Rethinking supply chains with responsible software

Generated by DALL-E

Last week I was scrolling through the blue bird app and some words caught my attention.

“The fact that it costs more money to eat healthy is really frustrating”

Over the last few months, I have been thinking broadly around what it might mean to reimagine the supply chains that manage the world’s food supply. Thinking particularly about how a revitalised supply chain could unlock a new type of relationship with the end-consumer (you and I). Our global supply chains are incredibly interdependent and entangled, the interwoven nature is both a strength and a hinderance. The entanglement extends far deeper than many may think, and it is further entangled in economic political agreements that run global trade exchanges. It’s a highly complex system and unless a stepped change occurs, one that is driven by outside influence/incentive, I find it hard to see a refactoring of the system that will drive significant change in the way they are run.

With this challenge in mind, I started my thinking through trying to better understand the complexity of these systems. Instead of approaching the problem from the consumer’s end and asking why there aren’t more healthy alternatives easily available at my local retail outlet.

There are still many unanswered questions that I have as I continue to build out my context horizon. My approach started through analysing the ‘back end’, seeking to understand how we could re-architecture systems to create efficiencies and change incentives. To generate incentives for change, I think we need to look into the constraints of the supply landscape, as I believe there is significant demand for healthy options in the market but current business models mean that this demand is not being addressed. We also need to better understand the relationship a grocery retailer has with a consumer to create a new type of loyalty and deliver shared ownership of the lifetime value of consumers rather than just thinking about the value as a single transaction. It’s one thing to imagine an alternative solution, but to deliver a viable and lasting solution, it’s important to understand how things work and what are the unseen pieces that need thoughtful consideration.

I don’t have an answer or a product solution yet, but here are some emerging thoughts that I would like to add to the public discourse and dialogue that is searching for solutions.

Could we leverage a flywheel fuelled by consumer choice. How can the energy of consumer choice be used to drive change?

It’s fascinating to think about how many platforms have gravitated towards the marketplace play book. The value in a platform lies not necessarily in the interface it provides, but in the ability, it allows for connections to be created and monetised (the software). Connecting the supply to the demand. A cycle of convenience, one might say.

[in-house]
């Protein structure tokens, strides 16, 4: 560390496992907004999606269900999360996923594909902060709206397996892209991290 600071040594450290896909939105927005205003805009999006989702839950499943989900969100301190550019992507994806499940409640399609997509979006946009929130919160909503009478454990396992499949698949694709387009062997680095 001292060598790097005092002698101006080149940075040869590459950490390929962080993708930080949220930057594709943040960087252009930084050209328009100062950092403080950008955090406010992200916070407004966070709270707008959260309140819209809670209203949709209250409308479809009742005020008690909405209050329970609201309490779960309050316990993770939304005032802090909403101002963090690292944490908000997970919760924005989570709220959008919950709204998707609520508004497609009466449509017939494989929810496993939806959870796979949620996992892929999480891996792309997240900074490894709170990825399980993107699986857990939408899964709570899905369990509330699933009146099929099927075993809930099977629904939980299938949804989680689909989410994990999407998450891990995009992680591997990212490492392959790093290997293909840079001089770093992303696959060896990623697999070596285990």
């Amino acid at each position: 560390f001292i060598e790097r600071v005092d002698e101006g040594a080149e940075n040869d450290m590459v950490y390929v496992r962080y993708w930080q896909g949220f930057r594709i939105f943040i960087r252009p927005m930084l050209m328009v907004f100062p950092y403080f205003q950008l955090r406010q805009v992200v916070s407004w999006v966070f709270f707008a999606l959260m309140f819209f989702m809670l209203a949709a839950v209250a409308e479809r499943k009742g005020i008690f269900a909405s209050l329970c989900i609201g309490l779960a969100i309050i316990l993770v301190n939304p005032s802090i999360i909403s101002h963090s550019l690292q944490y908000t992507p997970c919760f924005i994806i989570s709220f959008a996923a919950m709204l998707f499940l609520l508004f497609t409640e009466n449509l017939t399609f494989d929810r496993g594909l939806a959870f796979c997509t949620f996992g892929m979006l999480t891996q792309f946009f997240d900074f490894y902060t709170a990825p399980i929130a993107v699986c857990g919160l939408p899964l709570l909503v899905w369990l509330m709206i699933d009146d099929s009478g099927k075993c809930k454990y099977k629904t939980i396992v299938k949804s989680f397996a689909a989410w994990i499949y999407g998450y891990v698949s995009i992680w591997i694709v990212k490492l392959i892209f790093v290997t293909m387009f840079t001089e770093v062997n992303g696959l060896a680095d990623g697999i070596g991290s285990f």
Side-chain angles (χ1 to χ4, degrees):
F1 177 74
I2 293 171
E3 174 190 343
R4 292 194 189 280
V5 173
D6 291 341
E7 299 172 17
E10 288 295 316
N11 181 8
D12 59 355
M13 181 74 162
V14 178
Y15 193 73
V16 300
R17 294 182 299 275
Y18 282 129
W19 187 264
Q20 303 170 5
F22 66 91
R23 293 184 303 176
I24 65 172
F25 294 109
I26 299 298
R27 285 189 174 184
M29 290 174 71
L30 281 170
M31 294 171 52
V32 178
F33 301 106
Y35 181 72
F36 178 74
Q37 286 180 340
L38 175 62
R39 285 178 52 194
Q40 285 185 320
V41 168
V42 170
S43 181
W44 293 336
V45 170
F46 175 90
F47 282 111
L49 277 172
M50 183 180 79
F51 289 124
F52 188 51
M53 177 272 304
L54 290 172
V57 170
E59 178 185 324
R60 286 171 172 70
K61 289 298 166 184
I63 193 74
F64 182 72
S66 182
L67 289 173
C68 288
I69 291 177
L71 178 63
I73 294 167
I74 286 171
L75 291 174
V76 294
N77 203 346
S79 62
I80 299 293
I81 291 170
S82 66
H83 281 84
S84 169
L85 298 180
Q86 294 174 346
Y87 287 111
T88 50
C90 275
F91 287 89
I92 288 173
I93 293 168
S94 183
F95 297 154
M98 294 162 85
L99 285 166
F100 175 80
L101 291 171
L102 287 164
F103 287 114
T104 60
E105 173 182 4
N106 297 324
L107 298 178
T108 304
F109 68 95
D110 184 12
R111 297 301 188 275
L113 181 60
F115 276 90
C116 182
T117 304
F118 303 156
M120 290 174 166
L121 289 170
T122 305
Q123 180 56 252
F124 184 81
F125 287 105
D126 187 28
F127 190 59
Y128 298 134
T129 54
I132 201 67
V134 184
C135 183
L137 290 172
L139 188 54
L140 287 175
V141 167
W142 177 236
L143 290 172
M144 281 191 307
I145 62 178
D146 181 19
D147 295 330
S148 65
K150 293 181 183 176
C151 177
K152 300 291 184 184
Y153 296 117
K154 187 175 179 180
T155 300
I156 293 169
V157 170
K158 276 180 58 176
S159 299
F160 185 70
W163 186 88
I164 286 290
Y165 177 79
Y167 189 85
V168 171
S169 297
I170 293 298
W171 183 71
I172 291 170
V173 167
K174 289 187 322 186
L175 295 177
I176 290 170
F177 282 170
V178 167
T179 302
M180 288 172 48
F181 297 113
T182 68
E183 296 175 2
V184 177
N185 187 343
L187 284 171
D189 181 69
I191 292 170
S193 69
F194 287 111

“Instacart is continuing to expand beyond grocery delivery ahead of an anticipated IPO with a new strategy to provide same-day delivery of large items straight to consumers’ doorsteps.”

This starts an interesting thought experiment around how a protocol, rather than a platform could allow for a greater speed of partnership integration and execution. We are entering an interesting phase of software thinking as we navigate digital worlds.

What might it look like if we work backwards from convenience, rather than towards what we think convenience could look like?

I strongly believe that it is possible to rethink and refactor the supply chains that run the global food ecosystem. An ambitious challenge, but one that I believe is achievable if we understand how everything is pieced together and design different software to deliver convenience to all stakeholders. Which in turn unlocks radically new business models.

To end, you will notice that I have opted to use the word “responsible” rather than “sustainable.” Part of the reason for this is that I believe that society has chosen the wrong adjective to describe the solutions that we are seeking to create to address climate change. Creating sustainable solutions, means that they are designed to “be maintained at a certain rate or level”. Instead of aiming for a level of maintenance, which is near impossible, we should strive towards creating solutions that are responsible.

The other reason for choosing the word responsible is that it places ownership with all the stakeholders of the solution. Everyone has role to play in creating a shift towards a future that delivers value to generations beyond our time.



A deep thinker, synthesiser & learner. Interested in tech, data, & ownership. Enabling reverse mentorship. Exploring DAOs with Crypto, Culture & Society

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Josh Nuttall

A deep thinker, synthesiser & learner. Interested in tech, data, & ownership. Enabling reverse mentorship. Exploring DAOs with Crypto, Culture & Society